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TOWARD ROBUST AND INTERPRETABLE GRAPH AND IMAGE REPRESENTATION LEARNING
Although deep learning models continue to gain momentum, their robustness and interpretability have always been a big concern because of the complexity of such models. In this dissertation, we studied several topics on the robustness and interpretability of convolutional neural networks (CNNs) and graph neural networks (GNNs). We first identified the structural problem of deep convolutional neural networks that leads to the adversarial examples and defined DNN uncertainty regions. We also argued that the generalization error, the large sample theoretical guarantee established for DNN, cannot adequately capture the phenomenon of adversarial examples. Secondly, we studied the dropout in GNNs, which is an effective regularization approach to prevent overfitting. Contrary to CNN, GNN usually has a shallow structure because a deep GNN normally sees performance degradation. We studied different dropout schemes and established a connection between dropout and over-smoothing in GNNs. Therefore we developed layer-wise compensation dropout, which allows GNN to go deeper without suffering performance degradation. We also developed a heteroscedastic dropout which effectively deals with a large number of missing node features due to heavy experimental noise or privacy issues. Lastly, we studied the interpretability of graph neural networks. We developed a self-interpretable GNN structure that denoises useless edges or features, leading to a more efficient message-passing process. The GNN prediction and explanation accuracy were boosted compared with baseline models.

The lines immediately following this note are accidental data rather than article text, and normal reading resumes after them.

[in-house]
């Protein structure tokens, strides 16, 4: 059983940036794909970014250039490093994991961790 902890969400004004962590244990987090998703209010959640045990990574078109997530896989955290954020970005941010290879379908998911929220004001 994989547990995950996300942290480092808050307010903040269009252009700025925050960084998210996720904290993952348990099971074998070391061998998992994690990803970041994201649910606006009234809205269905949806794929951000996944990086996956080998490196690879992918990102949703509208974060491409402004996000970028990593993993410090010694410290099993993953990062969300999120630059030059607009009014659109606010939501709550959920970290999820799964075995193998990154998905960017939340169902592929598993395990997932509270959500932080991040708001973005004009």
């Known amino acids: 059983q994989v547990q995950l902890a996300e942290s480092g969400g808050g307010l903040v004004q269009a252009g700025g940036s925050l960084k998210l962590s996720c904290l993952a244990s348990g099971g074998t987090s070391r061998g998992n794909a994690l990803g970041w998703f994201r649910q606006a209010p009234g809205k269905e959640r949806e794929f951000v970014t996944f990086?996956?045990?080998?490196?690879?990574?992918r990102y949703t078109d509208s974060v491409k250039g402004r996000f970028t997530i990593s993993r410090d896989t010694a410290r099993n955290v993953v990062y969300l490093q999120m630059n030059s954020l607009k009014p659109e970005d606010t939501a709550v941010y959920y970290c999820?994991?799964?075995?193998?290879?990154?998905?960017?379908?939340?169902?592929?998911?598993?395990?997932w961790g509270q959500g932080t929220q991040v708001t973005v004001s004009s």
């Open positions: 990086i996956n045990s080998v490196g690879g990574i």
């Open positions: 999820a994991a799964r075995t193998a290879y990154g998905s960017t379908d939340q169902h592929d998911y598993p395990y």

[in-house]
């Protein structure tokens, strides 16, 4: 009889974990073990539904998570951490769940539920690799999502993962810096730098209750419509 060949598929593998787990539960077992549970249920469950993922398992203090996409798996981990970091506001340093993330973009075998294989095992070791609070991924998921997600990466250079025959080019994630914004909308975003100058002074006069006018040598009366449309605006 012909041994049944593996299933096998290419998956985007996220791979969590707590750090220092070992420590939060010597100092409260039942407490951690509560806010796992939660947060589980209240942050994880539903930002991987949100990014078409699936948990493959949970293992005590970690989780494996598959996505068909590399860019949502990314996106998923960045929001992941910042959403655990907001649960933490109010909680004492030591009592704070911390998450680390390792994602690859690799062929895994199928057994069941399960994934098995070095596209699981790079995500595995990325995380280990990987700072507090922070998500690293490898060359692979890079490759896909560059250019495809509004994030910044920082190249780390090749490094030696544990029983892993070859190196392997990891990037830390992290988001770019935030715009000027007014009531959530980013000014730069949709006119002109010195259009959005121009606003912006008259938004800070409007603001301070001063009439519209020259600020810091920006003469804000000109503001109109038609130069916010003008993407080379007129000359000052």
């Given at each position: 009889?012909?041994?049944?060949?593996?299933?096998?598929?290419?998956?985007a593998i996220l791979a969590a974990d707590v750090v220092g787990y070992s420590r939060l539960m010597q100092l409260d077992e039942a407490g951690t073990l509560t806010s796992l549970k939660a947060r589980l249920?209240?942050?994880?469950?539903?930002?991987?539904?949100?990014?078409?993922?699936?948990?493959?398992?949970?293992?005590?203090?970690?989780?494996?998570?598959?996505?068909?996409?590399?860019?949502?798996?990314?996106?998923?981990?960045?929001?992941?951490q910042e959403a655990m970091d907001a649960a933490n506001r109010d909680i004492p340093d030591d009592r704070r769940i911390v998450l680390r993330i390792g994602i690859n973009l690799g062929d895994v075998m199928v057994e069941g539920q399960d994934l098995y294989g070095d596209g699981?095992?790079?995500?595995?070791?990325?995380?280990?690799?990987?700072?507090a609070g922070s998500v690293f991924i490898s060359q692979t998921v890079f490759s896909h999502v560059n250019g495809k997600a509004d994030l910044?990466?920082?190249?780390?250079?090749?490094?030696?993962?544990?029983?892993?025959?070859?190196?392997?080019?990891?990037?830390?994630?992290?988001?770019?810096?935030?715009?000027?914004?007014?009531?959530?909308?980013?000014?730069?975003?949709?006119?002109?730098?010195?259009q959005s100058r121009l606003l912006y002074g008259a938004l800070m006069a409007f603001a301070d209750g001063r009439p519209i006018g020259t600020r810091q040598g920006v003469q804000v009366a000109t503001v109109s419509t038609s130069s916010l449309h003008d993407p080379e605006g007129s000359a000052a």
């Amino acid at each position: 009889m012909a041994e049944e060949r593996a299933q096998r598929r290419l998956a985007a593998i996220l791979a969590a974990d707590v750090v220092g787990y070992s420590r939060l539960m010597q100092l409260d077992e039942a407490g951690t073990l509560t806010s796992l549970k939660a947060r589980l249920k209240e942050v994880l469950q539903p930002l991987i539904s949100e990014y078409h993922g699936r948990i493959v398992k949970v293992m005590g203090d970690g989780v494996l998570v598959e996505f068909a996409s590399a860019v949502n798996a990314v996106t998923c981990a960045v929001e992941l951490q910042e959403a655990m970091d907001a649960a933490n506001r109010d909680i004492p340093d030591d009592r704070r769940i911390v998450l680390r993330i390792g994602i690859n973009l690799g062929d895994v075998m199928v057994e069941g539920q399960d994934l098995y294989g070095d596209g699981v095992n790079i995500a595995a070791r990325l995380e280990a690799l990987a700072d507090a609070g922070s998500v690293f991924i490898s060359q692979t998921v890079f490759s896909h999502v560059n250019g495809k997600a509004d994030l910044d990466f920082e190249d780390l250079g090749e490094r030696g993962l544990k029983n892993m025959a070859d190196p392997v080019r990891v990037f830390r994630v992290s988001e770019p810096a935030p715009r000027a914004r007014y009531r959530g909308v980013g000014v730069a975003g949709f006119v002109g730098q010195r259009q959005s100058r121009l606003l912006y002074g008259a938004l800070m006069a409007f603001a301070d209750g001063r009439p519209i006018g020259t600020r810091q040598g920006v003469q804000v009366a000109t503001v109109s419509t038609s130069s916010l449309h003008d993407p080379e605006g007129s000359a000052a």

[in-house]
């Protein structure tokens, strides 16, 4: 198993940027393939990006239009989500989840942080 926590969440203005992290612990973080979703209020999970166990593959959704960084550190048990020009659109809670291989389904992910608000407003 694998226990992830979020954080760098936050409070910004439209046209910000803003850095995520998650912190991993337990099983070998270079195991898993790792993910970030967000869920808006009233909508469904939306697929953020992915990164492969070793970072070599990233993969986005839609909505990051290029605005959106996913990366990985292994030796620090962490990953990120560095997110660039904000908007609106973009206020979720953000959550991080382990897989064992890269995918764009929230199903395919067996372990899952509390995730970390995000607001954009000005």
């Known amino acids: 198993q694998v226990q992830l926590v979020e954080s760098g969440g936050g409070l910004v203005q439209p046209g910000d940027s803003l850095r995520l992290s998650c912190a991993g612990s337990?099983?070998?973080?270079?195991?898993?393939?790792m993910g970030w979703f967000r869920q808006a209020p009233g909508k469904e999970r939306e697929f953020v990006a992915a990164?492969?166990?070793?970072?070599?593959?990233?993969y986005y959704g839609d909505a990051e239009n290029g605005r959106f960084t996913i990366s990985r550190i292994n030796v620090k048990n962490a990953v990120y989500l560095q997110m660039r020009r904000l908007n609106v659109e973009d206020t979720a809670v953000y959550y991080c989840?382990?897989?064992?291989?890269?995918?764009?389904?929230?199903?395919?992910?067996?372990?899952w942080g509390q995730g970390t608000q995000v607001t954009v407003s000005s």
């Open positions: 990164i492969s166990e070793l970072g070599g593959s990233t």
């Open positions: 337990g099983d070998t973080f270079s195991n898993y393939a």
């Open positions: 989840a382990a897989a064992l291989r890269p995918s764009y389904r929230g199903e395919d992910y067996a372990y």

- Doctor of Philosophy
- West Lafayette